Minister of Defence Ron Mark is pinning his hopes on a final peace settlement with North Korea soon, so that the unrecovered remains of the New Zealand serviceman who died in the Korean War can be brought home.
Mr Mark was attending a repatriation ceremony held on Sunday at the Whenuapai Airforce Base for two servicemen who died while serving in South Korea a few years after the end of the Korean War.
It was the fourth part of the project Te Auraki, The Return, in which the defence force has brought home soldiers, sailors and airmen buried overseas between 1955 and 1971.
The remains of Navy telegraphist Peter Mollison and Army driver Herbert Lester Humm were flown home aboard an airforce Boeing 757.
Mr Mollison, was 19 when he died from an illness in 1957 and Mr Humm was 24, dying in a vehicle crash in 1955.
The men's caskets were carried through a guard of honour as a Karanga was sounded and the men received a traditional welcome home.
Their remains were then formally handed back to their families and this was followed by a private service.
Mr Mollison's sister, Judy Corby remembers her brother as a lively man.
"Come into a room dancing and singing and loved the girls. Every where he went on the ship he would write a letter home to Mum and he'd say to her, you ought to see the girls Mum," she said laughing.
Mr Humm's nephew, John Gilmore describes the ceremony as emotional and well worth it but a long time coming.
"He was up there 65 years, buried there 63 years. Wrote home when he was into his second winter that he couldn't wait to get out of the place and that was in 1955 and now it's 2018 and he's finally home."
After the service, the caskets were carried to hearses which then slowly drove out of the base through both a guard of honour and defence force members performing a rousing haka in their honour.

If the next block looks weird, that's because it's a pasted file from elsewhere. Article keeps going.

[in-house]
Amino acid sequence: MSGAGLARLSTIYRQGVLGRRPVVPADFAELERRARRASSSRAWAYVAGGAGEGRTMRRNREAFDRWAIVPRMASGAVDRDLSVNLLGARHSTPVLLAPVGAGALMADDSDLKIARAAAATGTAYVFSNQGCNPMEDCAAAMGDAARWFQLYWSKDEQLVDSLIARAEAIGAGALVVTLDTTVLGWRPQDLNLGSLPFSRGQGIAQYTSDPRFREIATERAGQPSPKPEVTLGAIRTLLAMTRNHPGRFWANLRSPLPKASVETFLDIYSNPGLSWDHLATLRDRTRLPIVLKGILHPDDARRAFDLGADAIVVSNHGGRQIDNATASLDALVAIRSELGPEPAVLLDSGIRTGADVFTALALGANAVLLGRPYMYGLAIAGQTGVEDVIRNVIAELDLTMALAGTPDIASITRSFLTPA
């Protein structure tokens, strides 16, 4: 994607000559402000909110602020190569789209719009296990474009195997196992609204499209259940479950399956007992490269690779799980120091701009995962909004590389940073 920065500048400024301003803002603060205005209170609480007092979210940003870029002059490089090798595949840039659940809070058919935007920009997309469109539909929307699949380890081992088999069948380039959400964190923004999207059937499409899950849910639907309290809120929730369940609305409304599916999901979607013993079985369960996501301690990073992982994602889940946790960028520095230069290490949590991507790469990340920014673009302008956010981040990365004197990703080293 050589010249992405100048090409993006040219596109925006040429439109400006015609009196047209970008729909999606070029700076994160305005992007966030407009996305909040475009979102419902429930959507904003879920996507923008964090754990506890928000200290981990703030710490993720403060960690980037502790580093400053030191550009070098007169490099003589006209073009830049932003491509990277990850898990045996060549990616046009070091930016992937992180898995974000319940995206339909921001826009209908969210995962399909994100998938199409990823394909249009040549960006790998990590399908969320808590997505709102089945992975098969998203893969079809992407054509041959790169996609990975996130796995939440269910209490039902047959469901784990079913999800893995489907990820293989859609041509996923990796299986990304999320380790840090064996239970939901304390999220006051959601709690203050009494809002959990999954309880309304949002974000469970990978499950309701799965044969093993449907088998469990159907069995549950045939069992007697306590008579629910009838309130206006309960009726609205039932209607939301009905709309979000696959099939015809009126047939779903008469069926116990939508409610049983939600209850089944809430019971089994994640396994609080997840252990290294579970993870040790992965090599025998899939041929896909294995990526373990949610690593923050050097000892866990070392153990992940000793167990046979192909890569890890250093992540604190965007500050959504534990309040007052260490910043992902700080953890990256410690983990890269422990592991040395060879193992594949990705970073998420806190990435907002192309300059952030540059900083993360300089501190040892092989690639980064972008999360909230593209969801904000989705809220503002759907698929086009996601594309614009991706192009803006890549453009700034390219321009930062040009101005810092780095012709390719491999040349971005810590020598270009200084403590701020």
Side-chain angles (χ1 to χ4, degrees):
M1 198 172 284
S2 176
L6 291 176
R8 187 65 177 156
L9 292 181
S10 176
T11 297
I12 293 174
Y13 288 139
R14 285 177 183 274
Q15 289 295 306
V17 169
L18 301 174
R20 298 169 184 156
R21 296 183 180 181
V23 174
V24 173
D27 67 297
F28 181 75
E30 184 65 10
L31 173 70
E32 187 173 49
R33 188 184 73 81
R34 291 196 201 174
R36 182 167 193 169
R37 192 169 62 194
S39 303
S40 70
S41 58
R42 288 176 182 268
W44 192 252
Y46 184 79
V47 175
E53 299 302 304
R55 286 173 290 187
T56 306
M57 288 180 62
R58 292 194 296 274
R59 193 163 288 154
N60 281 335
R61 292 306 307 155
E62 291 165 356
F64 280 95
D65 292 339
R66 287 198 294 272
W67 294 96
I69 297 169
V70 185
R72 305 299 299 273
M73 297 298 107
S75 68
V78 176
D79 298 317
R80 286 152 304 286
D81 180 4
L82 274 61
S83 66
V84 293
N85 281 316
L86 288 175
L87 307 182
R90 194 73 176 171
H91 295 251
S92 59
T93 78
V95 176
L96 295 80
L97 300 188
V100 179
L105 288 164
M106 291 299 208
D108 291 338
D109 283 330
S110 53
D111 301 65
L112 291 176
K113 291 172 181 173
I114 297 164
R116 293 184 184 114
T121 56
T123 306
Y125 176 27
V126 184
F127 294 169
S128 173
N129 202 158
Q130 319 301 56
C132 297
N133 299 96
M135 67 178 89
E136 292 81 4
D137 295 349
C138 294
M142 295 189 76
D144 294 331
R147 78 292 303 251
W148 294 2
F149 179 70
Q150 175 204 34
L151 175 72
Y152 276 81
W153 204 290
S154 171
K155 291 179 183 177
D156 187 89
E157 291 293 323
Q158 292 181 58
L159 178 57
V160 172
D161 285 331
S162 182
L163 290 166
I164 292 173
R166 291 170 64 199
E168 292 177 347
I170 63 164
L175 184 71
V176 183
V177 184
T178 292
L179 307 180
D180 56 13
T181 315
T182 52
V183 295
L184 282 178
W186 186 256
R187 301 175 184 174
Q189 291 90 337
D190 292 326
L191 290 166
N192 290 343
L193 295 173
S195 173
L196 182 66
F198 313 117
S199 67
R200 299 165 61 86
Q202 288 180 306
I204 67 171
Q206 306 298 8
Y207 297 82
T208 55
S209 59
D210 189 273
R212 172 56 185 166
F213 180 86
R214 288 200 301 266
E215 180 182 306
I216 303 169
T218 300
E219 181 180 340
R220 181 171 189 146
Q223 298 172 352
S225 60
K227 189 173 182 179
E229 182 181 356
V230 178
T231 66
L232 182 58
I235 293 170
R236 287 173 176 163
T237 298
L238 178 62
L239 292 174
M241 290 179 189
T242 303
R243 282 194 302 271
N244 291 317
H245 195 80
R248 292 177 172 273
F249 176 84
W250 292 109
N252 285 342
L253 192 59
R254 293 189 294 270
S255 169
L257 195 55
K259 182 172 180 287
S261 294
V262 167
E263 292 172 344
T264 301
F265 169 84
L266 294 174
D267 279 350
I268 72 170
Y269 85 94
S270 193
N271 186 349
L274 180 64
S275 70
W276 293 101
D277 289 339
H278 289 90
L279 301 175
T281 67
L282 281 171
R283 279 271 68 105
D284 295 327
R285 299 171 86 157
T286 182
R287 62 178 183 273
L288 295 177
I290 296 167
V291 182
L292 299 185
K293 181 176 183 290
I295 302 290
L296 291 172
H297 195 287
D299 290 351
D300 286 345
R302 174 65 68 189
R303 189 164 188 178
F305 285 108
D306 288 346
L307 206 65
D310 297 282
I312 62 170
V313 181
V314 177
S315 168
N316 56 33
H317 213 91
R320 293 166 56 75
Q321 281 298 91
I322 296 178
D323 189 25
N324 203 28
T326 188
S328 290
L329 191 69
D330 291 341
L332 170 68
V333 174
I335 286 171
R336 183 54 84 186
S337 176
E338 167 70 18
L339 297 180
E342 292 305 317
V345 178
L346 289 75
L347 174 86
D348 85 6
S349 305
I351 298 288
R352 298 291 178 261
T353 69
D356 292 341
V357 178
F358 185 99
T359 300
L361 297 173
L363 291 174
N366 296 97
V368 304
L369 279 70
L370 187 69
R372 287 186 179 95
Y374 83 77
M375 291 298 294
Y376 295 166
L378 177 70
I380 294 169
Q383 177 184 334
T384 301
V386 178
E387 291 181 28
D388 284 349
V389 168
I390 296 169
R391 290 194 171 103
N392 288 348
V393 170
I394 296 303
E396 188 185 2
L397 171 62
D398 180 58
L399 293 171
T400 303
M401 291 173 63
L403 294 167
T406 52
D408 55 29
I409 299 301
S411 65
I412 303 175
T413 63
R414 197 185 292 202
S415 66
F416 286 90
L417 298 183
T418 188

The repatriations were the last with a total of 34 servicemen and one dependent child being returned home this year.
Mr Mark is hoping Able Seaman Robert Marchioni, who was shot and killed in 1951 during the Korean War can also be repatriated at some stage. He was part of a landing party that came under enemy fire and his body couldn't be recovered.
"No one knows whether the North Koreans actually recovered his body and buried it."
Mr Mark said it was something that was very much on the books and conversations continued.
"There is just hope that somewhere down the line it is possible to ascertain whether or not he was buried and where that might be and maybe, just maybe we might be in a position to repatriate his remains."
The man in charge of Et Aura, Group Captain Karl Nixon described the end as both a sweet and sour moment.
"We've come to the end of something pretty special but it's finished now and what I am thinking of right now is the families in New Zealand that have been reunited with their loved ones."
The four repatriations involved many hours of work on the disinterment of the remains and then identification before they were returned home.
From the moment of identification defence force personnel conducted a continuous vigil until the remains were handed over to the families.
Navy Chaplain Peter Olds said the impact on young servicemen travelling with the remains and acting as pallbearers has been profound.
"And from that point they recognised they were on a journey that's really important and they journeyed with the soldier, sailor or airman all the way back home."
He said it has been really moving.
"They probably wouldn't like me saying it but some of the toughest looking people around have been reduced to tears."
Mr Mark said while it is satisfying being able to reunite families with their loved ones it left a lingering sadness that it took so long.
He spoke of a story a member of Mr Mollison's family shared with him.
"His mother had a service with an empty coffin sitting there in the church and she knew the coffin was empty and it was symbolic," Mr Mark said.
"It just reinforces the hurt that these families suffered at that time and I guess you can't escape the fact that it was needless."
A number of families of men entitled to be repatriated declined the offer but Mr Mark said if they ever changed their minds he would be open to helping them.